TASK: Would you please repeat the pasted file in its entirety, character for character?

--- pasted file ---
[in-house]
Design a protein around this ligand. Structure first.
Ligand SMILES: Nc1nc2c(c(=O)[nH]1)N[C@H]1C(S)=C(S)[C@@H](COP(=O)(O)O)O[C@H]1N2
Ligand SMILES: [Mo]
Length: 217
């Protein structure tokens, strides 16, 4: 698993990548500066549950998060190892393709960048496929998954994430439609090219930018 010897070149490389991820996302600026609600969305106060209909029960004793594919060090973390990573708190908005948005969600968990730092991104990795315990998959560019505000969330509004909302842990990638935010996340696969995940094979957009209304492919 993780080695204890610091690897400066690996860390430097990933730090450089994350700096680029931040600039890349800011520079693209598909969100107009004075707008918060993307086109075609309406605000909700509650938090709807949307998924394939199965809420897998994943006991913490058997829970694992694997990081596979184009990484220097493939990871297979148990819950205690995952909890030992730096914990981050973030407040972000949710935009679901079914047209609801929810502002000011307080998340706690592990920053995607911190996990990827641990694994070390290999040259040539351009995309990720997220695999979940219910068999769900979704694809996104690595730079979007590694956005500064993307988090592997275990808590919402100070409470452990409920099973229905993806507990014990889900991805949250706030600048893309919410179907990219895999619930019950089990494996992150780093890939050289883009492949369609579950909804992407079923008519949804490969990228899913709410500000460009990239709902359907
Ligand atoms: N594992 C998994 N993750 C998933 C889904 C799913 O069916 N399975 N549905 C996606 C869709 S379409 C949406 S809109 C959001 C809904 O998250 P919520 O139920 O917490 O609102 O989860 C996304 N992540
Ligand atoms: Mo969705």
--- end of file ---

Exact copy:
[in-house]
Design a protein around this ligand. Structure first.
Ligand SMILES: Nc1nc2c(c(=O)[nH]1)N[C@H]1C(S)=C(S)[C@@H](COP(=O)(O)O)O[C@H]1N2
Ligand SMILES: [Mo]
Length: 217
């Protein structure tokens, strides 16, 4: 698993990548500066549950998060190892393709960048496929998954994430439609090219930018 010897070149490389991820996302600026609600969305106060209909029960004793594919060090973390990573708190908005948005969600968990730092991104990795315990998959560019505000969330509004909302842990990638935010996340696969995940094979957009209304492919 993780080695204890610091690897400066690996860390430097990933730090450089994350700096680029931040600039890349800011520079693209598909969100107009004075707008918060993307086109075609309406605000909700509650938090709807949307998924394939199965809420897998994943006991913490058997829970694992694997990081596979184009990484220097493939990871297979148990819950205690995952909890030992730096914990981050973030407040972000949710935009679901079914047209609801929810502002000011307080998340706690592990920053995607911190996990990827641990694994070390290999040259040539351009995309990720997220695999979940219910068999769900979704694809996104690595730079979007590694956005500064993307988090592997275990808590919402100070409470452990409920099973229905993806507990014990889900991805949250706030600048893309919410179907990219895999619930019950089990494996992150780093890939050289883009492949369609579950909804992407079923008519949804490969990228899913709410500000460009990239709902359907
Ligand atoms: N594992 C998994 N993750 C998933 C889904 C799913 O069916 N399975 N549905 C996606 C869709 S379409 C949406 S809109 C959001 C809904 O998250 P919520 O139920 O917490 O609102 O989860 C996304 N992540
Ligand atoms: Mo969705």